Wednesday, April 30, 2014
The green-painted boxes will make riders more visible, positioning them in front of stopped traffic to prevent the turning conflicts that can occur between cyclists and motorists at intersections.
Bike boxes appear in downtown Boise to increase cyclist safety;
Part of bike lane demonstration project
Two kinds of boxes will appear on Capitol Boulevard, Main and Idaho streets as part of the buffered bike lane demonstration project officially kicking off Thursday. For at least the next month, ACHD will conduct a pilot project to add buffered, or protected, bike lanes to the three streets, removing one existing vehicle lane on each road.
Bike boxes have been used extensively in Portland, Oregon, Chicago and New York City to reduce car-vs.-bike collisions. The concept puts the cyclist in high-visibility locations at intersections, where direction changes can create hazards.
The first kind of box positions riders at the head of the stopped traffic to prevent the "right hook" accident where right-turning autos hit cyclists going straight (please see attached brochure). Once the light turns green, the cyclists enter the intersection first, followed by the autos, which can go straight or turn right. No right turns are allowed on red lights.
The second box helps cyclists making left turns. Instead of merging across motorized traffic to be in position for a left turn, the cyclist rides into the intersection and stops in the bike box on the far side, positioned in front of cross-street traffic. Once the green light comes for cross street users, the cyclist enters the intersection in front of the motorized traffic, again reducing potential conflict.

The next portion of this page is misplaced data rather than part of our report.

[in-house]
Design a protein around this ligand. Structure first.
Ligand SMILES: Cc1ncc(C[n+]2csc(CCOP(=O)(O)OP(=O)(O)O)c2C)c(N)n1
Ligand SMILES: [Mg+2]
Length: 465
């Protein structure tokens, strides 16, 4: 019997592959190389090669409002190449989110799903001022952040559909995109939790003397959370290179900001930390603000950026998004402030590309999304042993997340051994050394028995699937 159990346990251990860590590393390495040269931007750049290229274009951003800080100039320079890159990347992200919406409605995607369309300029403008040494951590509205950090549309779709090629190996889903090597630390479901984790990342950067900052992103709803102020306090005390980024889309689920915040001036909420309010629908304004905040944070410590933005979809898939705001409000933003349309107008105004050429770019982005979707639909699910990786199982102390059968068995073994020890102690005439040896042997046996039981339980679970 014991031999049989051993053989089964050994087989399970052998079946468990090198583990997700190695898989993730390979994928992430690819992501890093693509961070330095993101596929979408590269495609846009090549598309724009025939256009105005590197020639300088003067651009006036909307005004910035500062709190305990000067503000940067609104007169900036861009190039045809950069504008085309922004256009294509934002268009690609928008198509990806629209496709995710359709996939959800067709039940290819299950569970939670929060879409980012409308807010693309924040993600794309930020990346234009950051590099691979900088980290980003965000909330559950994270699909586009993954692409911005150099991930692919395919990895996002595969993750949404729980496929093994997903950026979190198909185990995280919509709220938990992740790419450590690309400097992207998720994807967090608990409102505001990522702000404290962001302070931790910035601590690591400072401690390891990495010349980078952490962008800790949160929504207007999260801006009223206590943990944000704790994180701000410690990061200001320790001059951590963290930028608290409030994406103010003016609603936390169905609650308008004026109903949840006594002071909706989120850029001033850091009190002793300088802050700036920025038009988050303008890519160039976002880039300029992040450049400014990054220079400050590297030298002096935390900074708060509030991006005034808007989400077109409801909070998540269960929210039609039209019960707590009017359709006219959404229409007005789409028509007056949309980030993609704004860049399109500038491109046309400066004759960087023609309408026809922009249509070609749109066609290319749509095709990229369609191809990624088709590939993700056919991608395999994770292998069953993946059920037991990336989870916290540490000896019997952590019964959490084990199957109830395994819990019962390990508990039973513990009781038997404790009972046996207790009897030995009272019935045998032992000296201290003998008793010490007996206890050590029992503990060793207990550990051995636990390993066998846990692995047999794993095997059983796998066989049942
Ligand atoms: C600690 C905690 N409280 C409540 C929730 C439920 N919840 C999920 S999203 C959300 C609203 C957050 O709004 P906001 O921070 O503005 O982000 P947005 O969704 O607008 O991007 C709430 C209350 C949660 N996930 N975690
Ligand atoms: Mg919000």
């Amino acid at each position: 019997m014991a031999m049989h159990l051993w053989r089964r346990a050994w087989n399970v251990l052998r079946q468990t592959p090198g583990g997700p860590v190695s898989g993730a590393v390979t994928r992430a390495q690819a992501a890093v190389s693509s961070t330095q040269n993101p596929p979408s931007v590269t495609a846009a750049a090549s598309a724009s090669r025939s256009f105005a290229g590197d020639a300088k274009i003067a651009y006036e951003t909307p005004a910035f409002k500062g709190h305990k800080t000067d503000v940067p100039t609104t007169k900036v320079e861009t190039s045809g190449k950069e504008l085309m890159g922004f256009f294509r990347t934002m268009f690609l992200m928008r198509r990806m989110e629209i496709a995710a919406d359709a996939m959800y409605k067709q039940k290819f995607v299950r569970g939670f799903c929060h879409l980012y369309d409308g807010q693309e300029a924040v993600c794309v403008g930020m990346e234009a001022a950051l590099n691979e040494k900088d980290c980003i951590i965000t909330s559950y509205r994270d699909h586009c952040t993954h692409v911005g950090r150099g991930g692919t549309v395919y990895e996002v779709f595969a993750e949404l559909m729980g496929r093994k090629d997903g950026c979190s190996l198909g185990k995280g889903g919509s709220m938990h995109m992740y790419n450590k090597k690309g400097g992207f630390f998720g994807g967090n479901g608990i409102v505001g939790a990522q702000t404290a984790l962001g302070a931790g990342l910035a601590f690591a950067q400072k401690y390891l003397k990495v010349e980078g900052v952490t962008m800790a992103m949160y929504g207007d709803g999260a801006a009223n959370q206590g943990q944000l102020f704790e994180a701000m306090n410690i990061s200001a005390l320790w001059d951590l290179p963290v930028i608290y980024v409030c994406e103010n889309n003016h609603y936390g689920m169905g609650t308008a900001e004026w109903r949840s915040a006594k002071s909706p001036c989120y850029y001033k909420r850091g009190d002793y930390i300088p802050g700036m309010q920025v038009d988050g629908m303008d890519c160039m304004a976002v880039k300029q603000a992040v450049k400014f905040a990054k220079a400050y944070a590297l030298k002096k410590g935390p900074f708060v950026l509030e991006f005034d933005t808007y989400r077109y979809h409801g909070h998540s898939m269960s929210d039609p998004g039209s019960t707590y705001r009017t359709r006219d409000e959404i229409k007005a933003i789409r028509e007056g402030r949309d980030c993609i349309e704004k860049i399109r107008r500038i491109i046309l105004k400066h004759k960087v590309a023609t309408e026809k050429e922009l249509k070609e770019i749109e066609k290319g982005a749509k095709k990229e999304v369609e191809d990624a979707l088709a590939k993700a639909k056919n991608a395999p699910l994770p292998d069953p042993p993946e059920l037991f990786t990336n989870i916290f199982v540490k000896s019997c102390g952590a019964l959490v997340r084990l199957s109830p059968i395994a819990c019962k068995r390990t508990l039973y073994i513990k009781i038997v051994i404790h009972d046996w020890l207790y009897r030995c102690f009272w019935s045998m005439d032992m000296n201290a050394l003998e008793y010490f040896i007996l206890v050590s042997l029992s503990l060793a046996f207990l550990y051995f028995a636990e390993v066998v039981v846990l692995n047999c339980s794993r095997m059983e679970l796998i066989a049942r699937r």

The first bike boxes were installed Monday evening on Capitol at Myrtle Street and River Street. The Myrtle box is for riders going straight, while the River box helps cyclists make the left turn. Brochures about the boxes have been placed at locations across downtown and how-to videos are on ACHD’s web site, www.achdidaho.org.
ACHD crews began work Monday evening, erasing existing lane lines on Capitol Boulevard and putting down new striping that includes a buffered bike lane – an area for cyclists separated from motorized traffic. Once work is finished on Capitol, crews will move to Idaho and Main streets with a goal of having the full conversion in place by week’s end.
ACHD plans for the pilot to run through May and possibly into June.
The public can tell ACHD what it thinks of the proposal starting Thursday, May 1, 2014, by going to www.achdidaho.org and taking the online survey. Citizens can call or e-mail ACHD but the online survey will allow the District to best track and evaluate the public reaction.
Besides the public opinion, ACHD will also measure traffic congestion, trip delays, use of the new lanes by cyclists, and gather feedback from Boise City, the Capital City Development Corporation, downtown businesses and other interested parties.
More information is available about the project on ACHD’s web site, www.achdidaho.org.